O’Malia and Gibson and the rest of the GO Logic team got to work designing a prototype for the project, coining it the GO Home. The 1,500-square-foot, three-bedroom model is super energy efficient and can be built for a cost comparable to traditional construction (roughly $150 per square foot). Armed with the lessons they learned with the prototype, GO Logic is now designing the thirty-six homes that will make up the cohousing community—climate-engineered buildings of varying layouts and sizes, with passive and active solar systems based on the standards promoted by the Passivhaus Institut in Germany.
A Passive House is a highly insulated, virtually airtight building heated primarily by passive-solar gain and internal gains from people, electrical equipment, or other heat-generating sources. Energy losses are minimal, and any remaining demand is provided by a small, efficient heating source. The passive-house concept embodies today’s highest energy standards, and it holds the promise of slashing heat-based energy consumption of buildings by a whopping 90 percent.
As with all passive buildings, the energy-efficient features of the GO Home start in its shell: structurally insulated walls are tightly sealed to prevent air leakage; the roof has a two-foot-thick blanket of blown-in insulation; six inches of rigid insulation gird the foundation; and massive, triple-glazed, south-facing windows maximize sunlight. “Because we use triple glazing on the windows, the heat that enters the building stays there and produces what we call the ‘greenhouse effect,’” says O’Malia. The solar gain from the windows provides roughly half of the heat the house needs to stay above room temperature. Once the shell has been well insulated and air sealed, the peak heat demand becomes extremely small, which allows the home’s heating system to be very small as well. The house has such an efficient heat-retention system that on the coldest night of the year (think January, in Maine, during a blizzard) the amount of heat needed to keep the house at 70 degrees Fahrenheit is only about 2,000 watts—the heat output of a hair dryer.
In addition to the ultra-insulated building envelope, a solar hot-water system produces 60 percent of a family’s hot-water needs, and a photovoltaic electric system provides the rest of the energy needed for heat and hot water. The home is net zero, which means it generates on-site all the energy it needs—heat, hot water, and electricity—which means the homeowners won’t be getting an energy bill every month. This efficiency translates into serious savings. “The homeowners will see a 90 percent reduction in their heating bill, resulting in a cool $300 dollars per year for space heating, while enjoying all the comforts of the super-insulated building shell during the winter months,” says O’Malia. In addition to being the first certified Passive House in Maine, the GO Home will round out its sustainable building resume with a LEED Platinum certification, the U.S. Green Building Council’s highest rating for environmentally sustainable buildings.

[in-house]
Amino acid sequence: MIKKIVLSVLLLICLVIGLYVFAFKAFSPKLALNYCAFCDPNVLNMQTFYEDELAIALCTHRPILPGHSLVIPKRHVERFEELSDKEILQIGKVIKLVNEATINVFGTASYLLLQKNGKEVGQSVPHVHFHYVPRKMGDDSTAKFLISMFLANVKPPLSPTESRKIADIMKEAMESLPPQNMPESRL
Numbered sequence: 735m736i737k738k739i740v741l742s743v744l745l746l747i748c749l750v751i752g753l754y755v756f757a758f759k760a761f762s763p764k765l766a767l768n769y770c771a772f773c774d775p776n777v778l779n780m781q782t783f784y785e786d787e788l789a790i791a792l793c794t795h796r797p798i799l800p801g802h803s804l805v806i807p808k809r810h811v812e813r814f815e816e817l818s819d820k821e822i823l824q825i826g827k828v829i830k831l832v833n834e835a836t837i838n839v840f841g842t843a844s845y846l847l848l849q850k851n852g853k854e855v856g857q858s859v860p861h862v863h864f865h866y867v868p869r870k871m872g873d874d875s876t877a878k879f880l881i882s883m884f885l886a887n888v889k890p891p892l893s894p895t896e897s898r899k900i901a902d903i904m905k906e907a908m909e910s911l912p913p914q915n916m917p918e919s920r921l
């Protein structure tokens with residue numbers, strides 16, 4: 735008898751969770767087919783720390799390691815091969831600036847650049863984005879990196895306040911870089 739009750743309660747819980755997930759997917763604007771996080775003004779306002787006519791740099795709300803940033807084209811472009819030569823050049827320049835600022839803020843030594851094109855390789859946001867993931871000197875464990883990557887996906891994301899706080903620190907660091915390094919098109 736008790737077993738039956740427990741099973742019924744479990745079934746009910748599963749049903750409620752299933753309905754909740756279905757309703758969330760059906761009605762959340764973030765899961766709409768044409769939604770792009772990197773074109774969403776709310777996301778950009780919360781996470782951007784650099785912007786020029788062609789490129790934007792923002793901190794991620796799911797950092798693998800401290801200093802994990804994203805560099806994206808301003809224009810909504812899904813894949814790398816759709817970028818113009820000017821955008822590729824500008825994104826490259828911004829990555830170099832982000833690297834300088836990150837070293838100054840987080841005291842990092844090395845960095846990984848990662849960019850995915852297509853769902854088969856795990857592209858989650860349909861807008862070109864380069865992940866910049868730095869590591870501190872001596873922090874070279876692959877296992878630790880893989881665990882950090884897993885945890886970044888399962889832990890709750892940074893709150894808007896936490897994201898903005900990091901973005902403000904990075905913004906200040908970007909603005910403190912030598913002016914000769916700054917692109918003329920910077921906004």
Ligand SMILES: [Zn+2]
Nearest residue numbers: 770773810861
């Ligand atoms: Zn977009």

While the GO Home is the embodiment of efficiency, no sacrifices were made on the design. The four oversized windows arranged symmetrically on the south-facing side of the house bring in loads of natural light, while the exposed wooden beams warm up the space and bring balance to the clean, contemporary aesthetics. There is beauty in the home’s “less is more” simplicity, natural materials, and uncomplicated finishes.
For the more than thirty families who will call Belfast Cohousing and Ecovillage home—including Gibson’s—energy efficiency may be just one of many benefits of their new community. On a larger scale, though, the project reflects an evolving building industry. “Building codes are very slow to react in this country,” says O’Malia. “That said, I feel that the housing market is ready to embrace new ideas and innovation. People are becoming concerned about the environment and the cost of energy in the future. Our experience has been that once a homebuyer is exposed to a passive house and its many benefits, and realizes that it is also affordable and available, they get really excited about building their own. We are seeing a very strong demand for the performance we are offering, as predesigned homes or as custom designs as well. We are also seeing architects and builders wanting to learn more about how they can offer this type of building.” According to O’Malia, that movement alone is driving changes in the types of homes people are looking for, building, and living in. “With this project, I think we are helping to change the way people build in Maine, for the better.”
Not only how they build, but how they live.